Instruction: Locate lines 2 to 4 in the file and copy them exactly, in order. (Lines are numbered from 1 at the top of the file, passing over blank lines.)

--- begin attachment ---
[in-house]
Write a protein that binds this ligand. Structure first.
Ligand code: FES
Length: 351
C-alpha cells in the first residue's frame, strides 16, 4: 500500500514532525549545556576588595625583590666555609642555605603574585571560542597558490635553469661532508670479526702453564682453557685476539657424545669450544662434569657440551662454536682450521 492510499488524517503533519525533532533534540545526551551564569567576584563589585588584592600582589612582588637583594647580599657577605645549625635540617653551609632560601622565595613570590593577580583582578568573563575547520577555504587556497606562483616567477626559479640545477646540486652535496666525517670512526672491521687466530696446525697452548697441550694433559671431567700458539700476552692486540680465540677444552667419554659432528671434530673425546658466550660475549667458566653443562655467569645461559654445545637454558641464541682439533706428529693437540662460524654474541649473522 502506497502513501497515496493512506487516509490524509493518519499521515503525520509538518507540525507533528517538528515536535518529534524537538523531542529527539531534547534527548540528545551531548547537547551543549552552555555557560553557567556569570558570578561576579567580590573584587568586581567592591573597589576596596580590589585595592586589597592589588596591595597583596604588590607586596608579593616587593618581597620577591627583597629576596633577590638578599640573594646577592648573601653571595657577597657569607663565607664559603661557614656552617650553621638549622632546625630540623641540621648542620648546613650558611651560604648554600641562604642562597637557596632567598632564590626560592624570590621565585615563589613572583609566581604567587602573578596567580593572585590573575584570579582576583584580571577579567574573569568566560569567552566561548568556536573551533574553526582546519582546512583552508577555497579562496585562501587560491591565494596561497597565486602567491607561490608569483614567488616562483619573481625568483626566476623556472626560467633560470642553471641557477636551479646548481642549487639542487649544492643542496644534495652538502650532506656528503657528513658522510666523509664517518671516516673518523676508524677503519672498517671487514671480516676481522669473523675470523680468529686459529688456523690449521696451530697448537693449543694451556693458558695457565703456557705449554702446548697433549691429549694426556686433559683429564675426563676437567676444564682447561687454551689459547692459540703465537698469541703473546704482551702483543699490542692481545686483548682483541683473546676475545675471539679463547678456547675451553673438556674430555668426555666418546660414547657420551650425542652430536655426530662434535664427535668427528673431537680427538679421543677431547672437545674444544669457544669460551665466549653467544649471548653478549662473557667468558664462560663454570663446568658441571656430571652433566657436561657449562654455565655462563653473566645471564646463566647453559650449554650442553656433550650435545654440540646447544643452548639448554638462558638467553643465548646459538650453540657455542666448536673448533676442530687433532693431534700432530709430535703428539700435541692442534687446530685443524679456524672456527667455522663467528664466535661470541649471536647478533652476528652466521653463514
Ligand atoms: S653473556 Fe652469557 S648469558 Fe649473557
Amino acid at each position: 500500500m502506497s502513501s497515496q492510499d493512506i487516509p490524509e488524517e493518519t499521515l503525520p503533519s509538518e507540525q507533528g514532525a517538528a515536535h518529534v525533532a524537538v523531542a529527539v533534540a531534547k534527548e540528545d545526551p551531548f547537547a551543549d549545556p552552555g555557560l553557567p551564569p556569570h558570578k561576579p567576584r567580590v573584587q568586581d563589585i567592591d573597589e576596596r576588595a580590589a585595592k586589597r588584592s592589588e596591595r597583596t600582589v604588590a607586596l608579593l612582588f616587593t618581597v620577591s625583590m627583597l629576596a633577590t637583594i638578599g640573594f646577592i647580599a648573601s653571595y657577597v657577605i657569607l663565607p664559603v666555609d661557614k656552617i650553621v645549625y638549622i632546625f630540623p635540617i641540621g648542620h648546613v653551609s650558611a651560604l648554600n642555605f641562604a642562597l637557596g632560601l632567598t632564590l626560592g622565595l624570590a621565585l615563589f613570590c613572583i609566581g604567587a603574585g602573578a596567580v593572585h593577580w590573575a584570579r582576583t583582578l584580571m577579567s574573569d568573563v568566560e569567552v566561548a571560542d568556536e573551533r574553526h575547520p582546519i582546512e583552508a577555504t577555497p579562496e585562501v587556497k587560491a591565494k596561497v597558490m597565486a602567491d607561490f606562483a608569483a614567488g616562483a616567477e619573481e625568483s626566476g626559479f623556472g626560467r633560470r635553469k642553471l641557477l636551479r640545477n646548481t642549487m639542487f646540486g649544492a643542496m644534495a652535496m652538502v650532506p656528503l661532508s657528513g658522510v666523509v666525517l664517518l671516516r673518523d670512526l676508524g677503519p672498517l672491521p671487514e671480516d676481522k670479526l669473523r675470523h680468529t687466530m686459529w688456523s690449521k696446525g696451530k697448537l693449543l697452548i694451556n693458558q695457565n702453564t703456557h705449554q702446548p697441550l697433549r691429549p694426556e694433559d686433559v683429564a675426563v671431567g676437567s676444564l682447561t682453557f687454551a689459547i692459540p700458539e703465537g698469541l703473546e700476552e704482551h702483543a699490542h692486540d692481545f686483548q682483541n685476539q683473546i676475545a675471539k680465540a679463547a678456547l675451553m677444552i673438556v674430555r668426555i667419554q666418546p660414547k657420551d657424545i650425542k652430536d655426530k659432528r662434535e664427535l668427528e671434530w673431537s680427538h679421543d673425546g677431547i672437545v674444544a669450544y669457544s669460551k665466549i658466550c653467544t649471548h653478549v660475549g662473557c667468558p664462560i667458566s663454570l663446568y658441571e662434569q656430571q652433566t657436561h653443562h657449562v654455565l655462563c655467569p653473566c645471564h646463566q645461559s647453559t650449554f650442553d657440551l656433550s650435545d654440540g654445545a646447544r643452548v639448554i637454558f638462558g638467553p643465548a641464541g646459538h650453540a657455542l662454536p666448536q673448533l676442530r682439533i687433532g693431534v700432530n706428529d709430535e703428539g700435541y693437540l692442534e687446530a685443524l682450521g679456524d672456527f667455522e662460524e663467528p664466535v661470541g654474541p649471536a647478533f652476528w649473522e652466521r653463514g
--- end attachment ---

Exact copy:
Write a protein that binds this ligand. Structure first.
Ligand code: FES
Length: 351